A container (or plurality of containers) provided according to an embodiment of the present disclosure may be either removable or fixed within the system. In the case where the container is integral (and not readily removable) from the system, it may be present in the form of a holding tank. This type of container may be applicable for larger-scale designs where a user would not necessarily require the container to be portable. However, for a small scale or residential applications, it may also be desirable to have a fixed-position, non-removable container from which aliquots of ozonated water can be drawn, for example through a tap, or via a conduit to a select appliance.

According to one embodiment, the system includes a plurality of removable containers. Of course, the system of the disclosure only requires one container, and it need not be removable. The embodiment in which more than one container is provided, and the containers are removable is discussed hereinbelow. In this embodiment, the control electronics incorporate an auto-sensing circuit, to detect which type of fluid container is connected to the base and to activate an appropriate program. For example, if a fluid container is sensed that is required for drinking water, a lower level of ozonation may be desired. Alternatively, if a fluid container is sensed that may be used for cleaning of surfaces, a higher level of ozonation may be desired.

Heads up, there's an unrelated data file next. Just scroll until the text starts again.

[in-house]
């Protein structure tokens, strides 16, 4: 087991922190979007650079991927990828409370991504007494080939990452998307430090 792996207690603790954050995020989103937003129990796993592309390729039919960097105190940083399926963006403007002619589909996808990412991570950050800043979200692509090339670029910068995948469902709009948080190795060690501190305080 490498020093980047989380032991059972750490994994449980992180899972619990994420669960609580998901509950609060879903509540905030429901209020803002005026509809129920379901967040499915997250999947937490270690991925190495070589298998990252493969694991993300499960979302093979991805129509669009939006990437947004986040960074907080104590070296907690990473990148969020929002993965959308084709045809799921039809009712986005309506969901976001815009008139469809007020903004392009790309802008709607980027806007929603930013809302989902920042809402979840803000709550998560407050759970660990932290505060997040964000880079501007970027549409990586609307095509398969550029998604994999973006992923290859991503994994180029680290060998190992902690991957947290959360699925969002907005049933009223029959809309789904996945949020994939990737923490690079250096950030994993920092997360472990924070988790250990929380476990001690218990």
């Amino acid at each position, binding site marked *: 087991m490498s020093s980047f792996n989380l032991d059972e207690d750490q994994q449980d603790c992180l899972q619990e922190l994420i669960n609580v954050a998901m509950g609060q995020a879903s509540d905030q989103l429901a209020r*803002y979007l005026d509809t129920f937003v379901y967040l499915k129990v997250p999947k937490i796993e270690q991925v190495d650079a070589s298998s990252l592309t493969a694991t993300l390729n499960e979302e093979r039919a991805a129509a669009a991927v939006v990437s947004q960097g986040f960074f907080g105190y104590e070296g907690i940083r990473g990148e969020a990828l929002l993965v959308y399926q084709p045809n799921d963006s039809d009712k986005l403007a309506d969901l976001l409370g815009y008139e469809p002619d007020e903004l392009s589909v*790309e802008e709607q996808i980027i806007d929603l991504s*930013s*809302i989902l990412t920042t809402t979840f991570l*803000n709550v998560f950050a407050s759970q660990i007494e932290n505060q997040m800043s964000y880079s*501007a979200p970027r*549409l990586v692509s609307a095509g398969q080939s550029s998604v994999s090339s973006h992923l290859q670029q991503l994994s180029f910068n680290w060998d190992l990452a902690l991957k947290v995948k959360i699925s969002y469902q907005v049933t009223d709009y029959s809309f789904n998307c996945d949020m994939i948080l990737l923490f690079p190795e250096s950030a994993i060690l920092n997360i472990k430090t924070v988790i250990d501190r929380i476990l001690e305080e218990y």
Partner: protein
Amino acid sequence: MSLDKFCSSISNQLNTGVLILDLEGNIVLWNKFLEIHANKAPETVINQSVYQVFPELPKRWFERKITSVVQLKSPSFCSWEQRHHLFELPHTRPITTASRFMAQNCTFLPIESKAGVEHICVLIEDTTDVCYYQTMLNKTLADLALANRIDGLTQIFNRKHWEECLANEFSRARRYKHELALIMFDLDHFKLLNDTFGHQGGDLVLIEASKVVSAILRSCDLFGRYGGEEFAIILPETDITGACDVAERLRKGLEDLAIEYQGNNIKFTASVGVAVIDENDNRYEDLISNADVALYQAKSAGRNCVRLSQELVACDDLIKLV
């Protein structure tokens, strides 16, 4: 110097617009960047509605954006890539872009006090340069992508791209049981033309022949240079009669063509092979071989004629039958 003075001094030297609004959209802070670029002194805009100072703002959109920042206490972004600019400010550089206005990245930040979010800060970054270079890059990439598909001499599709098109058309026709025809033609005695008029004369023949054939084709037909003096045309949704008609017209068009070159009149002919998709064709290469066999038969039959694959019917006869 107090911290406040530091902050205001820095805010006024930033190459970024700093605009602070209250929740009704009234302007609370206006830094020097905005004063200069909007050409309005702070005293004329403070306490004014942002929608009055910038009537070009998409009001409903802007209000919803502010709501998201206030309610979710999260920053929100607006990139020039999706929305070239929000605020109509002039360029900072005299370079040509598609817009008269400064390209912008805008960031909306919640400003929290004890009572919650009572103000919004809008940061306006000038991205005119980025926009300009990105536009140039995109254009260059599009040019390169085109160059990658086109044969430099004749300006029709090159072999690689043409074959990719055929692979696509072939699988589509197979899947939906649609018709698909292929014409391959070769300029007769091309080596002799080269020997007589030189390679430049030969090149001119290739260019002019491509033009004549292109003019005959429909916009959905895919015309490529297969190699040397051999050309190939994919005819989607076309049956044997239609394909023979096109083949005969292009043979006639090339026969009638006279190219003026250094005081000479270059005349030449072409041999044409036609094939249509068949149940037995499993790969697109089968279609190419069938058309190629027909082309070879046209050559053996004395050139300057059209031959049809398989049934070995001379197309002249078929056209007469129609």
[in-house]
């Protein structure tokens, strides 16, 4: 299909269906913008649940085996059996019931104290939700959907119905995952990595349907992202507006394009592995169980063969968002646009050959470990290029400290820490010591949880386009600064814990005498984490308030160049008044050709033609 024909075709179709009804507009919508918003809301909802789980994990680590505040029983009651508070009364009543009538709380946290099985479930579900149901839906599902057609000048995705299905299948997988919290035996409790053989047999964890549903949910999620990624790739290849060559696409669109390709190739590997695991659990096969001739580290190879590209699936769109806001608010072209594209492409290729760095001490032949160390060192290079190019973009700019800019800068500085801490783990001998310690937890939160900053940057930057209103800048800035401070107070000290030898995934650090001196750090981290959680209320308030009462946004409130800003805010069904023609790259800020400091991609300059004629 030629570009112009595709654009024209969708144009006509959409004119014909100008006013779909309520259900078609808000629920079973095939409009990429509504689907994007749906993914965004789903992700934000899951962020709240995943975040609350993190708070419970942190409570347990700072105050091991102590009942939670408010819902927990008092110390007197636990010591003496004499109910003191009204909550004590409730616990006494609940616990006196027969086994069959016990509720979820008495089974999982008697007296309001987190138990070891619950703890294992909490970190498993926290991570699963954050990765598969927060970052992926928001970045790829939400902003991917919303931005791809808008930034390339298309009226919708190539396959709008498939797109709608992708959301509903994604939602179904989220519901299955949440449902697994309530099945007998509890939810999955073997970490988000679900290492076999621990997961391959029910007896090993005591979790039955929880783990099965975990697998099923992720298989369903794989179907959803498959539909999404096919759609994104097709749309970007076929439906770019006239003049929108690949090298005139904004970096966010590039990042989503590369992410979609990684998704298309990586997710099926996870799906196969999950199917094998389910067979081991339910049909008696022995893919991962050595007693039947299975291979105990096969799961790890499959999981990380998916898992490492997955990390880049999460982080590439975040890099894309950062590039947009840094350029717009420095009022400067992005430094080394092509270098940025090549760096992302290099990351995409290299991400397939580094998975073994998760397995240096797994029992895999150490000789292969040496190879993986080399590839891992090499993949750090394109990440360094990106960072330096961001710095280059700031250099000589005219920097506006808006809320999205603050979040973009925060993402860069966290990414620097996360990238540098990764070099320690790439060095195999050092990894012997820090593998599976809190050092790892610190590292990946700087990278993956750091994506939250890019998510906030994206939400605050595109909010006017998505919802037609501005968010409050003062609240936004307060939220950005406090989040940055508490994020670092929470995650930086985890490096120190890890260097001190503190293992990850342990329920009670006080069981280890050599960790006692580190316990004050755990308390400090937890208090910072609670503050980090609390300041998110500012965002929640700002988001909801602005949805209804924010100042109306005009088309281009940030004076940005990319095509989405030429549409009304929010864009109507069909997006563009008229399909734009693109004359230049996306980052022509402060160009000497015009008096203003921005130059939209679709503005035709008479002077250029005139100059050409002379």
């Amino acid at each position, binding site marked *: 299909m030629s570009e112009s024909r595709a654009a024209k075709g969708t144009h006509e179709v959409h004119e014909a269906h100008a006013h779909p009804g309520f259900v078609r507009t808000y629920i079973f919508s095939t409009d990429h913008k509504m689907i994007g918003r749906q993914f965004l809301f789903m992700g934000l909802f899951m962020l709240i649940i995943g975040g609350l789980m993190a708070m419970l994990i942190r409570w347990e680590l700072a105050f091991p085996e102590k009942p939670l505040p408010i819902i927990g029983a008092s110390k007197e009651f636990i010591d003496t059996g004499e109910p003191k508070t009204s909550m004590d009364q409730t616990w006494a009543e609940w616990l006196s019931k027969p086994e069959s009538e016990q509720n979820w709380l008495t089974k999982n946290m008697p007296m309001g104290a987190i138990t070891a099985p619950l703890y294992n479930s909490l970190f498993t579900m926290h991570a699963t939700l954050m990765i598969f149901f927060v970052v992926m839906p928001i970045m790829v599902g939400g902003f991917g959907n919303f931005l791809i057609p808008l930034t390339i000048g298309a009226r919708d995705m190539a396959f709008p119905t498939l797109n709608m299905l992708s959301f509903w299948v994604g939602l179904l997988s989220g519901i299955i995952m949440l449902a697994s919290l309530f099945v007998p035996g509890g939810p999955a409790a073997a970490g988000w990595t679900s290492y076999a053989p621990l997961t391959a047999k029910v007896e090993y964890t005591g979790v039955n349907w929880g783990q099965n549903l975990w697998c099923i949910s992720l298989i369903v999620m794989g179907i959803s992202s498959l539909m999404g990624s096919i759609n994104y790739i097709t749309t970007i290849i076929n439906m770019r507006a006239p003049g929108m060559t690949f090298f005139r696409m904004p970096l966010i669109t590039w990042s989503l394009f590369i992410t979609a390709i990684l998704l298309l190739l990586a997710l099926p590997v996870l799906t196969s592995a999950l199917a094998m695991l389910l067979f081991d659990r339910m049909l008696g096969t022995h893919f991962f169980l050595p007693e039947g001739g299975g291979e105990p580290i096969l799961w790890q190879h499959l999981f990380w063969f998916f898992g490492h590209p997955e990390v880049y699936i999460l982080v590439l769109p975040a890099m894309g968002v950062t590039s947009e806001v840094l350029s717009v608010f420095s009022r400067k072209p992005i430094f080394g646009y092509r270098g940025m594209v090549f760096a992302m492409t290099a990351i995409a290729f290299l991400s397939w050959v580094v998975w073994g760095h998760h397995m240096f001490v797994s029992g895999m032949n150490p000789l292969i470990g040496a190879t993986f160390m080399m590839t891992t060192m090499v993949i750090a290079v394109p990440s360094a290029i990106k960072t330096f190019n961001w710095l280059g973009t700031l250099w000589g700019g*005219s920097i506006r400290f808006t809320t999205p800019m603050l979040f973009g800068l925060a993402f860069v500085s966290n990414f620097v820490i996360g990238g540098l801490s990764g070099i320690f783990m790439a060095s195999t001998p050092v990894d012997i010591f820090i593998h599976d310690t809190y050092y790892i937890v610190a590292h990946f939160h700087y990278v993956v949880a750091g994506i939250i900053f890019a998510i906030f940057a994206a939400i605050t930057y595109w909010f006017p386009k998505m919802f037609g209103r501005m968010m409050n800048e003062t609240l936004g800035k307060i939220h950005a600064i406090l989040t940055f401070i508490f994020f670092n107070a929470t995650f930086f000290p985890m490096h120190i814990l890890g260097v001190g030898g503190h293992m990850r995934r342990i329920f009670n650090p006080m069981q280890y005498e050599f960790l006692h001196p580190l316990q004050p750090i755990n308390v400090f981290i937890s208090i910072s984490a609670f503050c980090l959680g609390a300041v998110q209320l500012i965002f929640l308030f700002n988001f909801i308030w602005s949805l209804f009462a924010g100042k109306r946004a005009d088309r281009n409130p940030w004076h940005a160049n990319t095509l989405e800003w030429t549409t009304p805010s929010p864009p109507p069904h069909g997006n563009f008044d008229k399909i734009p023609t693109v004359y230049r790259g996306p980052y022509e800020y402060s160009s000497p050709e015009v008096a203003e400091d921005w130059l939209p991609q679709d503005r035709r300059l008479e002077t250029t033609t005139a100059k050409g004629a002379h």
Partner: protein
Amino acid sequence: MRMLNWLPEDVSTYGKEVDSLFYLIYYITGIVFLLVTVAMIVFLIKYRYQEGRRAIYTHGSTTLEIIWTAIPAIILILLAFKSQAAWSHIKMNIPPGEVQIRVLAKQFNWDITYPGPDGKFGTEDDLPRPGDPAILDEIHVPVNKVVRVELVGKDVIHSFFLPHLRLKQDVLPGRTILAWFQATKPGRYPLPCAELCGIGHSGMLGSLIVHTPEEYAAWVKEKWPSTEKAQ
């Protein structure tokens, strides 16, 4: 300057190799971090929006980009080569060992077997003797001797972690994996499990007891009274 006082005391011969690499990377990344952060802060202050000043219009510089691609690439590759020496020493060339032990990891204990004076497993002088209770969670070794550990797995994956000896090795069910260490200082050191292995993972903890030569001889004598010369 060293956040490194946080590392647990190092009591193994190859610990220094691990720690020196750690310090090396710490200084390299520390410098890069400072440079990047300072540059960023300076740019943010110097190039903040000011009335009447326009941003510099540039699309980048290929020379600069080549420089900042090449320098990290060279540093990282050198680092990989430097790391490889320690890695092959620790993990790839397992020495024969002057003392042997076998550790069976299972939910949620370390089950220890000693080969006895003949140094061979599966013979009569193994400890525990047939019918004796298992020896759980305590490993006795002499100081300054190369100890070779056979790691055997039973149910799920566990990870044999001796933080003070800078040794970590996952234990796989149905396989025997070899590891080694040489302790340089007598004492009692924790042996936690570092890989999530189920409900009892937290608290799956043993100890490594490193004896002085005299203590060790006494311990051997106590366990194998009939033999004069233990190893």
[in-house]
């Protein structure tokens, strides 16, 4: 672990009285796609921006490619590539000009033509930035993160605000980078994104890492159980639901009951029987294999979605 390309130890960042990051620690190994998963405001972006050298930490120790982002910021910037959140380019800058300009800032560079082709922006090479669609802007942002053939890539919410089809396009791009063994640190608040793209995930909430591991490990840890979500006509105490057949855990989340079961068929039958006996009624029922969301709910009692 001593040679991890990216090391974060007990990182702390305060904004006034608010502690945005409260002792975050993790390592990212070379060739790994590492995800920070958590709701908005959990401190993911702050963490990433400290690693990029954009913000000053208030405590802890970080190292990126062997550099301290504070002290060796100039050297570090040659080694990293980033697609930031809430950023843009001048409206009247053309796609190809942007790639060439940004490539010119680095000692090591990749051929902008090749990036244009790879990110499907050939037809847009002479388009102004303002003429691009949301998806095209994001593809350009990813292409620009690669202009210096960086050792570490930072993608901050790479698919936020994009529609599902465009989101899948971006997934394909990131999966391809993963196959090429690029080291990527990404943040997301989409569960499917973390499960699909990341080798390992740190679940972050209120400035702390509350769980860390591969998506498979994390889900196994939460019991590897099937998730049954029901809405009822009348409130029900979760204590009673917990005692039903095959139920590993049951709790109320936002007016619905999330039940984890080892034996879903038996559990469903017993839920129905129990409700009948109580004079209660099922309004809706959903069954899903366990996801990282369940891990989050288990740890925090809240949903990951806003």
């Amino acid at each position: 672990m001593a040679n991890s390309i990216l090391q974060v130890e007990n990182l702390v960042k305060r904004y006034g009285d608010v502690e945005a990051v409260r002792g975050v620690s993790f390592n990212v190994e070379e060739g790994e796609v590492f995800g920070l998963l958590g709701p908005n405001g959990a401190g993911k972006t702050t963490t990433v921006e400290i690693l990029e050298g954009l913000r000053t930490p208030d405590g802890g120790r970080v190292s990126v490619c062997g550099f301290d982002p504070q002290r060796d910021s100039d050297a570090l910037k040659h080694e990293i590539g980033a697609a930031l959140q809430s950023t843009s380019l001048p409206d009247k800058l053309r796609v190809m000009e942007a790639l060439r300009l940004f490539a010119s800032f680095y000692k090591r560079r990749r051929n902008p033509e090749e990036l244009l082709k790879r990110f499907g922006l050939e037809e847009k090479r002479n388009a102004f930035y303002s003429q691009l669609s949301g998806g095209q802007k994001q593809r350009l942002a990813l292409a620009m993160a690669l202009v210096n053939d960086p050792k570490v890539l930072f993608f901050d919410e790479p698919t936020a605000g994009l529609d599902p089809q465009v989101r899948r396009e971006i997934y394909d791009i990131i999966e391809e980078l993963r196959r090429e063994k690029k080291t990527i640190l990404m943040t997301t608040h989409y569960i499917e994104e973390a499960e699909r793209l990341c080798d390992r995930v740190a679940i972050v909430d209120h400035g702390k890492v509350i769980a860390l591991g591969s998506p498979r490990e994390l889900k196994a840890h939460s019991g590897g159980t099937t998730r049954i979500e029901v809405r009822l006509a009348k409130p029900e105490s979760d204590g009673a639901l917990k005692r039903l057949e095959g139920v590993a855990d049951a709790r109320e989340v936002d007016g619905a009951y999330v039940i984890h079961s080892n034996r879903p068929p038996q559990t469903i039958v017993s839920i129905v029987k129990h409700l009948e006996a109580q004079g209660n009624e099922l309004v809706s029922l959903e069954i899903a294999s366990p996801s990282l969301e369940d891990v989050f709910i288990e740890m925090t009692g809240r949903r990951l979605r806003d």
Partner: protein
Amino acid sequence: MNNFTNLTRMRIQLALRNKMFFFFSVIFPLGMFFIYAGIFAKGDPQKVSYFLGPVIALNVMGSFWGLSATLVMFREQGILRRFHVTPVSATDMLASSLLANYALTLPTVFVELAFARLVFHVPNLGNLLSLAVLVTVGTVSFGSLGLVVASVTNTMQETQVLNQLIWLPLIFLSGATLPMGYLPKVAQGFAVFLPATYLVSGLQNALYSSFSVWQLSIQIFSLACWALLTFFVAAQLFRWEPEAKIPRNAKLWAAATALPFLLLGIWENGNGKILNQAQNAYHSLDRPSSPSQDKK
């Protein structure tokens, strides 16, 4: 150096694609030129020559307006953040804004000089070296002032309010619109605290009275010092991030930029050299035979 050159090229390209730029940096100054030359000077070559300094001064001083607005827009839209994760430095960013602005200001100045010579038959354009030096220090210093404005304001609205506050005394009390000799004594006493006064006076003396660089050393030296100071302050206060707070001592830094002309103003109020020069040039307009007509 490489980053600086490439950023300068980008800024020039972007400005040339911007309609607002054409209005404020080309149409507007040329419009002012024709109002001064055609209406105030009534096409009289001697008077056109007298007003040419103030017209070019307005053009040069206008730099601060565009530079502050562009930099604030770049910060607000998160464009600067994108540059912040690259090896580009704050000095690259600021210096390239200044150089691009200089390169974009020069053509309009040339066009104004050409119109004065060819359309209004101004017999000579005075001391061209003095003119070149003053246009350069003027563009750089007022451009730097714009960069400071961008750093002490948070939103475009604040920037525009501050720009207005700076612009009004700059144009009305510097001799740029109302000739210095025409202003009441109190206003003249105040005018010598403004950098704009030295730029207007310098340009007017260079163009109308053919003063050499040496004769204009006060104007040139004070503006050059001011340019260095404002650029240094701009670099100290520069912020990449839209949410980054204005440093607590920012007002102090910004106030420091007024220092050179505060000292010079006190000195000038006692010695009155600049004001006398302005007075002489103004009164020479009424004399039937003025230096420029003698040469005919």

As an alternative to an auto-sensing circuit, a user may select the appropriate cycle. The treatment period may be controlled manually, or can be set to automatic control based on time and/or ozone concentration in the resulting water. In an embodiment where control is based on ozone concentration, the system can include a sensor to detect the ozone level in the water that is being ozonated, and a means by which to impart the sensed level to the control electronics and optionally convey that information to a display means.

Optionally, as described earlier, a container may take the form of a water pitcher for potable water sanitization. The container may also take the form of a bowl and strainer for sanitizing fruits and vegetables. Alternatively, the container may take the form of a spray bottle to contain ozonated water to be applied to surfaces, or of a reservoir and pad for cleaning surfaces. The container may also take the form of an inner and outer container for sanitizing small objects such as dentures, infant pacifiers etc. Also, the container may be a decanter to contain ozonated water when a larger quantity is required. Examples include pouring over foods such as meat, to rinse utensils or hands.